Commodore Assemblers

Jun 12, 2021

This series on Commodore's Assemblers from pagetable.com is giving me flashbacks to hacking out GraphicsBASIC in my childhood bedroom. Good times.


Conny Torneus Jun 12, 2021
GraphicsBASIC does ring a bell, wait... That was you? 😁

Conny Torneus Jun 13, 2021
Correct me if I'm wrong Ron, but you never moved from C64 to Amiga at any point in time did you?

I don't recall you ever touching that subject, only that you/others used Amiga at LucasFilmGames/LucasArts for porting the games.

In my humble opinion the Amiga was not only a great successor to the C64, it was "THE" computer at the time. At least until Commodore managed to "F" it up in the early 90's.

I still believe that if the Amiga would have lived on, computers today would look way, way different.

Ron Gilbert Jun 13, 2021
I never really programmed the Amiga, just dabbled. The Amiga was never really popular in the US and at Lucasfilm we had moved to the PC as it was the large and up coming market here.  The SCUMM engine for Zak was the last time I did C64 work.  It was PC from them on out.

Michaël El Baki Jun 14, 2021
That pagetable is a mine of info and greatness :) Special mention for their GEOS reverse engineering! Awesome all the tricks involved to get this kind of software running on a C64 :)

Conny Torneus Jun 14, 2021
"I never really programmed the Amiga, just dabbled"

Thanks for clarifying Ron. It was always a bit of mystery for me. For me the Amiga was the logical choice after C64 so I spent countless of hours programming on the Amiga.

"The Amiga was never really popular in the US"

Well, the Amiga was never really popular in Sweden either 😀 (Yeah I'm Swedish). People saw it as a "Pure Gaming Computer" and "Business Computers" were more in demand. I later learned that it was really in the UK and Germany it was popular. Doesn't really matter to me though, I have plenty of fond memories from the "Golden Age of Amiga".

Maico De Blasio Jun 15, 2021
I'm pretty sure the Amiga 500 gained a commercial foothold in Australia during the late 80s... so much so that I was disappointed in the Compaq 386 that I did have. I mean, you couldn't even use a boring EGA monitor to watch TV with, either!!!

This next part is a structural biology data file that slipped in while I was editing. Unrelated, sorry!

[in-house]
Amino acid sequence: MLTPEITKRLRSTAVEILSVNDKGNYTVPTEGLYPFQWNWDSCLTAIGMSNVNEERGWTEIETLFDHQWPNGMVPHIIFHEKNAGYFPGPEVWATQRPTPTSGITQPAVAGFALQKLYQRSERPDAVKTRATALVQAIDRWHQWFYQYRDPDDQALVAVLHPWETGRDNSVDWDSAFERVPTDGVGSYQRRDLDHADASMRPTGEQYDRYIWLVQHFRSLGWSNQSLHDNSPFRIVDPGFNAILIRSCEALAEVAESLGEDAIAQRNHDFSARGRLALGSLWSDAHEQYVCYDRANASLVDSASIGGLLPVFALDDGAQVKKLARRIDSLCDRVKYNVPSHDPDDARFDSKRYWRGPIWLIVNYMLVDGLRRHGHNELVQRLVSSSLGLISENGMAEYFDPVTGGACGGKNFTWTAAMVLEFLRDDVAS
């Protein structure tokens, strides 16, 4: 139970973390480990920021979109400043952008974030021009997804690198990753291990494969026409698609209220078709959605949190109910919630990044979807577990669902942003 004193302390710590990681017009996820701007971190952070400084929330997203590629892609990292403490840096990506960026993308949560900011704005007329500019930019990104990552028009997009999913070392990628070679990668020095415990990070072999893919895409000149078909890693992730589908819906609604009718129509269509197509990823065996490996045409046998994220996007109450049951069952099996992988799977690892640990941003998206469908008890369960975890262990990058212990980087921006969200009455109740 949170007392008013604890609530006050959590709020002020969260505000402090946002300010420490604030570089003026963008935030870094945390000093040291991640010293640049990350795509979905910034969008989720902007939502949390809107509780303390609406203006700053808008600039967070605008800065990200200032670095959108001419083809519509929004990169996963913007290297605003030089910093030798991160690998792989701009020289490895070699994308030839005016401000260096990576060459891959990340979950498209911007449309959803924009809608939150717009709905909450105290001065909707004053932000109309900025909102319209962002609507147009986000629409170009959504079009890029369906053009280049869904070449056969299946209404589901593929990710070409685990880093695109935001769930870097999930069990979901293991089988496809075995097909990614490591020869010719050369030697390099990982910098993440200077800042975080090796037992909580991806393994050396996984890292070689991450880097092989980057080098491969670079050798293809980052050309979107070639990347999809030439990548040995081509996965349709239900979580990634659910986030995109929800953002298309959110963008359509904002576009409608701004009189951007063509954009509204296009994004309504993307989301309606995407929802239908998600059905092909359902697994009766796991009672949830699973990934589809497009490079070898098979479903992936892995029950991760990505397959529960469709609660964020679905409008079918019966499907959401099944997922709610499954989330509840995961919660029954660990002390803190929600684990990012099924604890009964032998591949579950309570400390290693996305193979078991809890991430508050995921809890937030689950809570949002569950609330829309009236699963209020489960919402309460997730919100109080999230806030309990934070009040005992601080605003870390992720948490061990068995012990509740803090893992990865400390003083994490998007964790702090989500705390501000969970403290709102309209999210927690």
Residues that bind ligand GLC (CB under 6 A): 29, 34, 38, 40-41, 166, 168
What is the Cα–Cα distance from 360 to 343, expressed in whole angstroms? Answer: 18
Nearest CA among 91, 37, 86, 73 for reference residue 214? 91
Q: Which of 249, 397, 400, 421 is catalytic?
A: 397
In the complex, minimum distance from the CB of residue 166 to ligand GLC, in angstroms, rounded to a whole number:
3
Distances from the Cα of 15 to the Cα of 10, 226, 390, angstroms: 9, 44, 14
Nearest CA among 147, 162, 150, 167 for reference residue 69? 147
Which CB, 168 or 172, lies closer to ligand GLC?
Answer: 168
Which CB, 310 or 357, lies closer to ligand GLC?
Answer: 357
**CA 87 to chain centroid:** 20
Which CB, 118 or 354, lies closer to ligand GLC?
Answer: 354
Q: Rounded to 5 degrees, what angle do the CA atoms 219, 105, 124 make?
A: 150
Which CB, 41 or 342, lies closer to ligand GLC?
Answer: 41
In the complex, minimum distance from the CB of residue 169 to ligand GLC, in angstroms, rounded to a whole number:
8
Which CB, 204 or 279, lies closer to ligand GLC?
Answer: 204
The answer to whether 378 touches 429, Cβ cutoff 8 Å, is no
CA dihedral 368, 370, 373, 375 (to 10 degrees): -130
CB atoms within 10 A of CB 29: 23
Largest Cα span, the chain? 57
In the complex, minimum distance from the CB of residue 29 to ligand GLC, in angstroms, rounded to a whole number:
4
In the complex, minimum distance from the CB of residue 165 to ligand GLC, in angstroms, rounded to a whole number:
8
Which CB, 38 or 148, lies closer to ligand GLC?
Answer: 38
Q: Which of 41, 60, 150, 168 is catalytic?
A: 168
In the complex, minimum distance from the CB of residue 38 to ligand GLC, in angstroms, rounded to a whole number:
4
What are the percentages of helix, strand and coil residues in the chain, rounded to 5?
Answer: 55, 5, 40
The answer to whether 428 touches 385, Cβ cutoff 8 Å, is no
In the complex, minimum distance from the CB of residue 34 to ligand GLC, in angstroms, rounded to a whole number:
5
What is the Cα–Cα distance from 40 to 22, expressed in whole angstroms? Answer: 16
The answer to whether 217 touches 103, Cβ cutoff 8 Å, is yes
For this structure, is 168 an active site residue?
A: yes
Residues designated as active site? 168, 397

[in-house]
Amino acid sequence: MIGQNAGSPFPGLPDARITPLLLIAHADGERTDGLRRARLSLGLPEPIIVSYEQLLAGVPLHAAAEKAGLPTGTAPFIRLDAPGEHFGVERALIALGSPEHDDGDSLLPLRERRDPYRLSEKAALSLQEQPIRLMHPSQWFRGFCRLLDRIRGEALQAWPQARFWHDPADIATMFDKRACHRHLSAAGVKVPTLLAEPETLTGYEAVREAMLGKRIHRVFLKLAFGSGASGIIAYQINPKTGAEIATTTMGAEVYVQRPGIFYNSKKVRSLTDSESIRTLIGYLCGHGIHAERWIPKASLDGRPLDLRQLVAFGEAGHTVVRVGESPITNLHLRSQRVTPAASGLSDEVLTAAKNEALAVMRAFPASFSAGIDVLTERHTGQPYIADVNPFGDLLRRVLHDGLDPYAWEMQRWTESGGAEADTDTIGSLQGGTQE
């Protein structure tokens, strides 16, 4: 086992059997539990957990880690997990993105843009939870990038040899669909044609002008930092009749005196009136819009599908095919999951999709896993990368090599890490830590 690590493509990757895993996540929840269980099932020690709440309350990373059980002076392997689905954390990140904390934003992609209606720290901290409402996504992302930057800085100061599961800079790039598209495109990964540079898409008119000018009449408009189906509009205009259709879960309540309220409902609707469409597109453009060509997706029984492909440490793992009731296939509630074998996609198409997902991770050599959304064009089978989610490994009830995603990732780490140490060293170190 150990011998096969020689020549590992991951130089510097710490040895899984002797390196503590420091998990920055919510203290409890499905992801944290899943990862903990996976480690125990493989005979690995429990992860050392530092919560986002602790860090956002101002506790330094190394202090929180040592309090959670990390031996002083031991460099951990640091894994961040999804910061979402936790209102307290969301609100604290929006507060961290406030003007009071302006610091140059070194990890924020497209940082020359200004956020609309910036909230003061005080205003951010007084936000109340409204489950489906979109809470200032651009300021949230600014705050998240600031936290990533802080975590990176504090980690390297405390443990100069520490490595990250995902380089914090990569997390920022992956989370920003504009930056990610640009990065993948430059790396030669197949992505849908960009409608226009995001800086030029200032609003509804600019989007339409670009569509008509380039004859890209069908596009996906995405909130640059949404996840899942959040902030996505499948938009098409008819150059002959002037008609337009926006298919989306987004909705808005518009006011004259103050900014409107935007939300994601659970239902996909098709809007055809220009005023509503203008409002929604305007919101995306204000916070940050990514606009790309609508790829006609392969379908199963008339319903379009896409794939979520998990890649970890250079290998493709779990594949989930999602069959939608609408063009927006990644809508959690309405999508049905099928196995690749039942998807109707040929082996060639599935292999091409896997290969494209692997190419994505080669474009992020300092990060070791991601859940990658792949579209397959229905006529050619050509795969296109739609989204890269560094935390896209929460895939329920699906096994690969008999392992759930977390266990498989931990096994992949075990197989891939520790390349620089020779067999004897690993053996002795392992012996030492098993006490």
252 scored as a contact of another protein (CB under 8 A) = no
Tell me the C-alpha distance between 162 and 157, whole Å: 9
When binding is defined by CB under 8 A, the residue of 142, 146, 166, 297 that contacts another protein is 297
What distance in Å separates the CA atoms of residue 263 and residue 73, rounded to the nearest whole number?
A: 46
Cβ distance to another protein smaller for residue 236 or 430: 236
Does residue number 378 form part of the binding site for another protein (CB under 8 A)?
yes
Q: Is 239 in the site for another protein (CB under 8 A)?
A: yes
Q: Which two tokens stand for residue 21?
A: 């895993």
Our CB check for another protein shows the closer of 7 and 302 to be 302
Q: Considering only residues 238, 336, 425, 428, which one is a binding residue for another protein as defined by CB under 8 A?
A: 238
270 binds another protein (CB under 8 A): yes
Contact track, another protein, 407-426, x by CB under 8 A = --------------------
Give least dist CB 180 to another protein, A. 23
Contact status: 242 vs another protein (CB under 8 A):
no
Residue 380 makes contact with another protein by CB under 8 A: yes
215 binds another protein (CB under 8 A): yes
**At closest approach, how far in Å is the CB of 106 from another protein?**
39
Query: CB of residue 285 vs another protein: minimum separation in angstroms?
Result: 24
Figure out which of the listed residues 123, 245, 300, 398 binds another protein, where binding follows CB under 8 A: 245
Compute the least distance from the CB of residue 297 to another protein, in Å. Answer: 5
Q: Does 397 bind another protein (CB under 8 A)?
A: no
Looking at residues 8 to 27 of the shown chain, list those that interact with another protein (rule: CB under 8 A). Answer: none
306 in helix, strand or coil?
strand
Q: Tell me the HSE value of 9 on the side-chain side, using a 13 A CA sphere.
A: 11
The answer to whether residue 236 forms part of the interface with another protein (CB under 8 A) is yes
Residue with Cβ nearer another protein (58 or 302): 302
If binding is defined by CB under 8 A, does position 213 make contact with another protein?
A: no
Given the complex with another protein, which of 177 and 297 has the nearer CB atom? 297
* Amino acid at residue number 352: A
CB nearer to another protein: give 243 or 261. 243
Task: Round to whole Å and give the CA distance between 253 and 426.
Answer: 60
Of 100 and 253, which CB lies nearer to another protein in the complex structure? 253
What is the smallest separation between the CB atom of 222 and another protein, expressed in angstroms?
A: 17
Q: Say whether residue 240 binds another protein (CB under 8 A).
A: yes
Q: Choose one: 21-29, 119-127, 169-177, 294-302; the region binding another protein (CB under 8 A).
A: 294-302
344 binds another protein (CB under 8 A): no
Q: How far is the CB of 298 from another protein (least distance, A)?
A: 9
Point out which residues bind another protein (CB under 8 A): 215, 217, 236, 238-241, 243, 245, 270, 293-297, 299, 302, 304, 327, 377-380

Mainly, I was envious of the near-arcade quality game graphics and sounds the Amiga could achieve, with generally better and more diverse titles than those available for the PC between 1987-1990. This explains why I gravitated more toward parser-based (and later point-and-click) adventure games, which seemed to be stock-in-trade for PCs at the time.

It wasn't till many years later, especially after reading the 'PC Graphics Black Book' by Mike Abrash, that I discovered that the "boring old" PC was actually a gaming powerhouse just waiting to be unleashed by combining C programming with 'to-the-metal' x86 assembly to put the Intel on a par with 6500-based chips.

I suppose this is easy to see in hindsight.. but no-one - but - no-one could have predicted the rise of the PC as a gaming machine, aided with the advent of 3D-accelerator cards, DirectX/OpenGL 3D APIs, to the GPUs and programmable shader pipelines of today.

Although I'm enthusiastic for the graphics technology at our disposal today, a part of me does wish the world (at least on a computer screen) was still as simple as an 8-bit 320x200 pixel adventure. Why did those worlds achieve a level of immersion and reality that, ironically, the current standard of photo-realistic imagery makes difficult to emulate???